Then there is the sin of "blasphemy against the Holy Spirit" for which there is no forgiveness. This is an eternal sin. And in Jesus's appearance before Pilate, He tells the Roman governor, "The one who handed Me over to you has greater sin", giving further evidence that there are levels of sin in the eyes of God. So, now let's return to these enigmatic terms of sins, iniquities and transgressions. Although the teachings of the conventional Church may lump them all in the same category, a careful study of the origins of these words will dispute that assumption.
SIN: It comes from the Hebrew word chattaah, meaning "an offense and its penalty". According to Strong's Concordance, the basic nuance of this word is "sin" conceived as missing the road or mark, and for the most part represents a sin against God. In response to our recognition of sin, men are to re-turn [turn again, or turn away] from sin, which is a path, a life-style, or act deviating from that which God has marked out.
INIQUITY: It is the Hebrew word avon, meaning a moral evil with an attached level of perversity; to be crooked or bent with perversity; wicked or offensive due to a perverse or mischievous act. Iniquity insinuates a perversion of intent (a bending of righteousness and virtue, or of moral goodness into willful disobedience). It is an offense towards God's law and His Holiness, enacted with deliberate purpose.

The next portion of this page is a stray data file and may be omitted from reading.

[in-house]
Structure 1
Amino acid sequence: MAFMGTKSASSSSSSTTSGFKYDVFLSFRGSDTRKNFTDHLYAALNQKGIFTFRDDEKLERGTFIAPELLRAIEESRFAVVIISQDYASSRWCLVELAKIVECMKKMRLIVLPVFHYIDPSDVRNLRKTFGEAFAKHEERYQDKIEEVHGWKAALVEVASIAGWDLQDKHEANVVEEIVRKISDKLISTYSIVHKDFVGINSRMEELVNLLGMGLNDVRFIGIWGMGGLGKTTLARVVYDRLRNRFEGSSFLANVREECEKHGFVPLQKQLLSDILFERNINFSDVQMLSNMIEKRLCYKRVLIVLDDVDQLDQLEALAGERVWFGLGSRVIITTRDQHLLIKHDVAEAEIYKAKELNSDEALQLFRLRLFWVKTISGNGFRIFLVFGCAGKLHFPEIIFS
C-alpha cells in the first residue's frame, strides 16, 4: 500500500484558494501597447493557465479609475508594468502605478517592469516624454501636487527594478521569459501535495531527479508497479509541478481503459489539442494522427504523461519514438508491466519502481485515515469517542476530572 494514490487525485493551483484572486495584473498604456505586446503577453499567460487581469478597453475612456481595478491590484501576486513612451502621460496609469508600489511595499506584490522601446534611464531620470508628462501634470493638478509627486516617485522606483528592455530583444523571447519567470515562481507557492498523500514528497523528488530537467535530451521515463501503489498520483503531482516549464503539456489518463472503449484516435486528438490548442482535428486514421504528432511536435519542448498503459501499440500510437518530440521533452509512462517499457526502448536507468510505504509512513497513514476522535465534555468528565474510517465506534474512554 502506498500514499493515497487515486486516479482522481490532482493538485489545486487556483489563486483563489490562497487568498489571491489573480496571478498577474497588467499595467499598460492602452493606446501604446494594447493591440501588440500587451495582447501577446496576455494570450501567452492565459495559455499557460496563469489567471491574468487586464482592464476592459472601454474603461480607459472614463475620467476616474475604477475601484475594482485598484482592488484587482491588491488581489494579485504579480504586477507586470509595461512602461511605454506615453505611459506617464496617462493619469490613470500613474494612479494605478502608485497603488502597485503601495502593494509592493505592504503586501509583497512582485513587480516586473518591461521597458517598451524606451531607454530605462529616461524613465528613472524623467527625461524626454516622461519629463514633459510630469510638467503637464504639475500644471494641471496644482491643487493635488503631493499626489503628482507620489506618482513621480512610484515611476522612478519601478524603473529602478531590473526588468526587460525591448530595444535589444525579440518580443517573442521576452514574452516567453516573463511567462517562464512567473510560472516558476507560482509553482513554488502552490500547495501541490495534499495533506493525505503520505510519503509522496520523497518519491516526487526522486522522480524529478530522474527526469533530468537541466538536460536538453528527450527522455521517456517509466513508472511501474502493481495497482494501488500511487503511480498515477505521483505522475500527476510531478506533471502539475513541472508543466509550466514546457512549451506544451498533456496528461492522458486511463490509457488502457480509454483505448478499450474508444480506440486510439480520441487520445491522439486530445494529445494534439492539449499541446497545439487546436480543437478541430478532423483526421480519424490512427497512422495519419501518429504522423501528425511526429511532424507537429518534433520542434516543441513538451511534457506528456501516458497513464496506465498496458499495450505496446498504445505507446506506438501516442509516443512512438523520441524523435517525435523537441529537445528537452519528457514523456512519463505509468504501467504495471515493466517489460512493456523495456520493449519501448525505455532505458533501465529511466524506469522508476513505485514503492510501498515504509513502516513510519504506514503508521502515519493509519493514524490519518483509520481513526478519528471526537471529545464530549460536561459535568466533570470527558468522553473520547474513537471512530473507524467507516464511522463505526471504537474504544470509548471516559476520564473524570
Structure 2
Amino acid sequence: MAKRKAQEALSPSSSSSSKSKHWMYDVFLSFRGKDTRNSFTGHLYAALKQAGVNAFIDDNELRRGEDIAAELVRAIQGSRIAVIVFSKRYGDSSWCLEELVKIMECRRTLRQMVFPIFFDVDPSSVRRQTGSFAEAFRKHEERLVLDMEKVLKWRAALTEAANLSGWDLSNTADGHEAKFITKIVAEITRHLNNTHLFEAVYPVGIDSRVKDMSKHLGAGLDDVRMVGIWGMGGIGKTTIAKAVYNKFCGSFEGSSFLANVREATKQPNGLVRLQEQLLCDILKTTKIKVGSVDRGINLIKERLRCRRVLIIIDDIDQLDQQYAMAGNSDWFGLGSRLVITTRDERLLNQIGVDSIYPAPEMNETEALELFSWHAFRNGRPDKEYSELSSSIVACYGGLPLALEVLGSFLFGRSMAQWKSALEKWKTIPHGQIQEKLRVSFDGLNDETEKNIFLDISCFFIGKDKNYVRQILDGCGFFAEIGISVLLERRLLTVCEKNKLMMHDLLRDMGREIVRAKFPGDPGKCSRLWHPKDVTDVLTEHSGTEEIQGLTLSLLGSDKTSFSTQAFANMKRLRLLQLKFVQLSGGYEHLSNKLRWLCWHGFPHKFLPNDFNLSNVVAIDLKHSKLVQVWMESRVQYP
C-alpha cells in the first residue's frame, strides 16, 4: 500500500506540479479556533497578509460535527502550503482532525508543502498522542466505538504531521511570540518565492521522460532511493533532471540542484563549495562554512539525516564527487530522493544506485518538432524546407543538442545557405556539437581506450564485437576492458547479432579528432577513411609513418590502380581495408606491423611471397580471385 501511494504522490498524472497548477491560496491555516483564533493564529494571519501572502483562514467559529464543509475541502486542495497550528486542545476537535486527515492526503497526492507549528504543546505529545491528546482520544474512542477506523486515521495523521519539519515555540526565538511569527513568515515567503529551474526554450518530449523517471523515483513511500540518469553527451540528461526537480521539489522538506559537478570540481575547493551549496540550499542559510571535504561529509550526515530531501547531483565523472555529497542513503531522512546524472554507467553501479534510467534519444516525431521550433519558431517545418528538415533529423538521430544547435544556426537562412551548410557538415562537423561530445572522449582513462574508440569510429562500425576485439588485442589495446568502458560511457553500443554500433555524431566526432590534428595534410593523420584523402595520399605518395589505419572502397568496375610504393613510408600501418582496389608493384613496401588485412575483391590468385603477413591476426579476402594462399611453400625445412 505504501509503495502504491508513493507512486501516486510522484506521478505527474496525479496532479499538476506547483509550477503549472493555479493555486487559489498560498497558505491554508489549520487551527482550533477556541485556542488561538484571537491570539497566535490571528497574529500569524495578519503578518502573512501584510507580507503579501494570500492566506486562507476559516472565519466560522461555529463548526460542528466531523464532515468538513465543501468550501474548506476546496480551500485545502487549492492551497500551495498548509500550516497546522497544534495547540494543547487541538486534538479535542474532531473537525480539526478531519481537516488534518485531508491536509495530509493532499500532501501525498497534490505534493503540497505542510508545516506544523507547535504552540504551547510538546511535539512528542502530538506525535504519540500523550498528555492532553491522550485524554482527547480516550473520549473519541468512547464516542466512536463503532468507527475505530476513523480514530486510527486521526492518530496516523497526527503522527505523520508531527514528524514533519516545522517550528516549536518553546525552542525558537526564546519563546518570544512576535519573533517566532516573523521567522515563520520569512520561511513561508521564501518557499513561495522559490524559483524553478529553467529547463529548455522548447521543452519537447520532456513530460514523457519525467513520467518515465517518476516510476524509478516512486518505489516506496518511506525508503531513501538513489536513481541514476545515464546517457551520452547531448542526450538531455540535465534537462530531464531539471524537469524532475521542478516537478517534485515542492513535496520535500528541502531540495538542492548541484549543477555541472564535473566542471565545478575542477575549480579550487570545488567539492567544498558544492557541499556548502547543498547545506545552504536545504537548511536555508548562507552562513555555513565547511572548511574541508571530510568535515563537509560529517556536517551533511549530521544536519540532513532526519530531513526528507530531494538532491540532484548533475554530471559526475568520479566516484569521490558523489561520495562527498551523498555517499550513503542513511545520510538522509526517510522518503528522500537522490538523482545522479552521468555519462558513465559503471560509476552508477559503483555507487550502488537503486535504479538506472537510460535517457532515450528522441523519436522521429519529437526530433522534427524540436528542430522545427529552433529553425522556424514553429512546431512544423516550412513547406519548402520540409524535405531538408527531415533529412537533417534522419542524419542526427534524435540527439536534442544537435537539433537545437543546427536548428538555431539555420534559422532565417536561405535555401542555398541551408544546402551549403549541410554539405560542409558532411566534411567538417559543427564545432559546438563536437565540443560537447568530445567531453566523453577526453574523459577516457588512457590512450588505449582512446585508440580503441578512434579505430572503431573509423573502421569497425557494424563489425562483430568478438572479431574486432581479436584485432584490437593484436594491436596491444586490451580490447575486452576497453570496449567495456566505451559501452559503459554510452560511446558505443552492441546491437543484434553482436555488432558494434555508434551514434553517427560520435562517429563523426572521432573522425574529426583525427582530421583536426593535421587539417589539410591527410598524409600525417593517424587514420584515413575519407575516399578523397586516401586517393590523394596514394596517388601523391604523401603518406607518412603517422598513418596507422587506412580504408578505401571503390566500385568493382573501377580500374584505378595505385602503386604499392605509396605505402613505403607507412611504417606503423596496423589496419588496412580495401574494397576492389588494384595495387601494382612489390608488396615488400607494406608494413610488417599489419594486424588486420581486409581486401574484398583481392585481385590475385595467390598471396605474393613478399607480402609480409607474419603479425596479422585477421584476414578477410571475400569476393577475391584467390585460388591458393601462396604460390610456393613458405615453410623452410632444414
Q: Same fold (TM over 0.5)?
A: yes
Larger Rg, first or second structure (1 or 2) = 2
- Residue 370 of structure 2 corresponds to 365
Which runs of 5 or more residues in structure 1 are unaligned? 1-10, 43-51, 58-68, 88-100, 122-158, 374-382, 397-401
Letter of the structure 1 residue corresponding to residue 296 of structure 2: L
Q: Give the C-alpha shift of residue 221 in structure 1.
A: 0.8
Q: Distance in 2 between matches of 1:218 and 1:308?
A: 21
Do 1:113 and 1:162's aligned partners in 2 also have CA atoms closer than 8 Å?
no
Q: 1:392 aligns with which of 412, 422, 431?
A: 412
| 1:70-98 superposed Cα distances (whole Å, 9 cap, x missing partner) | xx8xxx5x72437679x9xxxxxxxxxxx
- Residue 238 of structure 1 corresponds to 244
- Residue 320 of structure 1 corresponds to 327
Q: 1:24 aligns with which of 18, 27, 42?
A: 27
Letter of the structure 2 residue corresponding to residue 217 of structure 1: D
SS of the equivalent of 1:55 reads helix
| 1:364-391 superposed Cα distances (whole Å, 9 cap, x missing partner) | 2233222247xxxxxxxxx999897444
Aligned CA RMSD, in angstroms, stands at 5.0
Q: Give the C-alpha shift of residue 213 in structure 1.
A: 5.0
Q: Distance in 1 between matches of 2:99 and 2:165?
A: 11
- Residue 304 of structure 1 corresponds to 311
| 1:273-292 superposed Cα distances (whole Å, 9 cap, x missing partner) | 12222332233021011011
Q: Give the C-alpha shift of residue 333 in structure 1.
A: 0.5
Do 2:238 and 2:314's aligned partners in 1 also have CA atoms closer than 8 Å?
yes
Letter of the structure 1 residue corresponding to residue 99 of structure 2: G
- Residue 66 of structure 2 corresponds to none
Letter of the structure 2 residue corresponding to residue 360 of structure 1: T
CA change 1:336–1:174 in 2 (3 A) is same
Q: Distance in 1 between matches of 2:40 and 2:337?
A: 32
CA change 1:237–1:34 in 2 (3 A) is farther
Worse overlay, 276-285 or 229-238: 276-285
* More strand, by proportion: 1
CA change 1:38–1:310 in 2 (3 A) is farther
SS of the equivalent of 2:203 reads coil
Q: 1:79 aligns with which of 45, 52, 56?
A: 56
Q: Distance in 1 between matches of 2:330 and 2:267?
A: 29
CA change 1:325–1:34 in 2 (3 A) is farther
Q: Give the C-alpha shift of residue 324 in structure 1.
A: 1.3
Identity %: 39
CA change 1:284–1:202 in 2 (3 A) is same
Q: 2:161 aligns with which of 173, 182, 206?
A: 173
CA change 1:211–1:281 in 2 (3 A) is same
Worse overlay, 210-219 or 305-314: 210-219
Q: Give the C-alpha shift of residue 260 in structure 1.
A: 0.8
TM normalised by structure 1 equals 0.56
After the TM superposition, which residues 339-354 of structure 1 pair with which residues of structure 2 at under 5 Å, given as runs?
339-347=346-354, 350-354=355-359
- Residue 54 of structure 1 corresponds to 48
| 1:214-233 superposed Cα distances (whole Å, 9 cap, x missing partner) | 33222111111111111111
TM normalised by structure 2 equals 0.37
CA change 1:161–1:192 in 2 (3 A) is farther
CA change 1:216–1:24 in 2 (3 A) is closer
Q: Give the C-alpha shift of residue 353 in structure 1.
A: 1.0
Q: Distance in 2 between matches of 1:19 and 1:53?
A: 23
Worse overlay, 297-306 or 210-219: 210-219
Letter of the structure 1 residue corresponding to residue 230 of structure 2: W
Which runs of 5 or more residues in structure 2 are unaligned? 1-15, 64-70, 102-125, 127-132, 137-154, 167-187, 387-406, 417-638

TRANSGRESSION: This is the Hebrew word pesha, which means a revolt or rebellion (either national, moral, or religious in nature) from a Right and Just authority; to offend, rebel, or revolt. Once again, according to Strong's Concordance, this word signifies willful deviation from, and therefore rebellion against, the path of godly living. In general, it points to one's relationship with God -- to rebel against God's authority with a specific goal of independence in mind -- or in a more radical sense, it is the state of rebellion in which there is no end of the rebellion in view; it is no longer goal-oriented, but indicates an apostate life.